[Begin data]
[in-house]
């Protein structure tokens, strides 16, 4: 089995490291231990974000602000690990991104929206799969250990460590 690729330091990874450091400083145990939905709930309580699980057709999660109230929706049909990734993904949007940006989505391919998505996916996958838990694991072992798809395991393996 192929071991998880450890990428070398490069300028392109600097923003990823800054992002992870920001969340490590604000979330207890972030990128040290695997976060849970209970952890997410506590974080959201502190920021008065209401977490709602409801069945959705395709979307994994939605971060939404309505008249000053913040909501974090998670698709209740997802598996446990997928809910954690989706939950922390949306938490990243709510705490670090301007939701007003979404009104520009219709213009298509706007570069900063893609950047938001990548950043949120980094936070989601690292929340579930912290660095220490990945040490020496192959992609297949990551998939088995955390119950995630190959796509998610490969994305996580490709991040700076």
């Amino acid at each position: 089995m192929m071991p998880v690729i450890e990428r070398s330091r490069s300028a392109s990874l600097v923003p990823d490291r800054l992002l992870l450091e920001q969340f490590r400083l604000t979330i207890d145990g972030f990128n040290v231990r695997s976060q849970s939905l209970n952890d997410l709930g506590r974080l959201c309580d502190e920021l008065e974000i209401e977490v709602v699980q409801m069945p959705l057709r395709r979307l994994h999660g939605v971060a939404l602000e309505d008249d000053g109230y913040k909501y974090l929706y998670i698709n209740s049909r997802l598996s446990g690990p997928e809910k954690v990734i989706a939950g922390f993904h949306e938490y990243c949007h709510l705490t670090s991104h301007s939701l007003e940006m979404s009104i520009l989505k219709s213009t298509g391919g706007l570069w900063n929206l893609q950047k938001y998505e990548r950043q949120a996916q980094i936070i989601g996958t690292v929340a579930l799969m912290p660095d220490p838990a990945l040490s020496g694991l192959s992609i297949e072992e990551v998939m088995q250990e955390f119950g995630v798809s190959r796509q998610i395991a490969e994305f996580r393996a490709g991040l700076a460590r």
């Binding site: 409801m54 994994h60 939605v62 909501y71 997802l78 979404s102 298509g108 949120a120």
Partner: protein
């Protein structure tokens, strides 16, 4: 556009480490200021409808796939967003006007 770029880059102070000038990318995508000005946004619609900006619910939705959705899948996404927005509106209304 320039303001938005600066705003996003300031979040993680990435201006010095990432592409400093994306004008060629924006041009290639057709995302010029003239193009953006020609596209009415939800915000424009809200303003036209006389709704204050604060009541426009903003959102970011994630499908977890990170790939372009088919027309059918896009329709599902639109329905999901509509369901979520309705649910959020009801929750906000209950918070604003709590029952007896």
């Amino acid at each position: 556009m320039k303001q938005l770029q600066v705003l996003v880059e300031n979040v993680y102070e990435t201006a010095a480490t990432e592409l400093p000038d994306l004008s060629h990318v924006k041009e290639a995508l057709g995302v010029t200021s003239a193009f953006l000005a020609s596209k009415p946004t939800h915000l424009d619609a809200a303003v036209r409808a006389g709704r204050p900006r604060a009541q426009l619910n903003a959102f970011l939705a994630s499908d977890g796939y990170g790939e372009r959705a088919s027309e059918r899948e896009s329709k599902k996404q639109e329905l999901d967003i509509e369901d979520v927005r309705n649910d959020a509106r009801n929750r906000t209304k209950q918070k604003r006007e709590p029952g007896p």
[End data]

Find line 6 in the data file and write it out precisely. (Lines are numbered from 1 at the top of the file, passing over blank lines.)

């Protein structure tokens, strides 16, 4: 556009480490200021409808796939967003006007 770029880059102070000038990318995508000005946004619609900006619910939705959705899948996404927005509106209304 320039303001938005600066705003996003300031979040993680990435201006010095990432592409400093994306004008060629924006041009290639057709995302010029003239193009953006020609596209009415939800915000424009809200303003036209006389709704204050604060009541426009903003959102970011994630499908977890990170790939372009088919027309059918896009329709599902639109329905999901509509369901979520309705649910959020009801929750906000209950918070604003709590029952007896």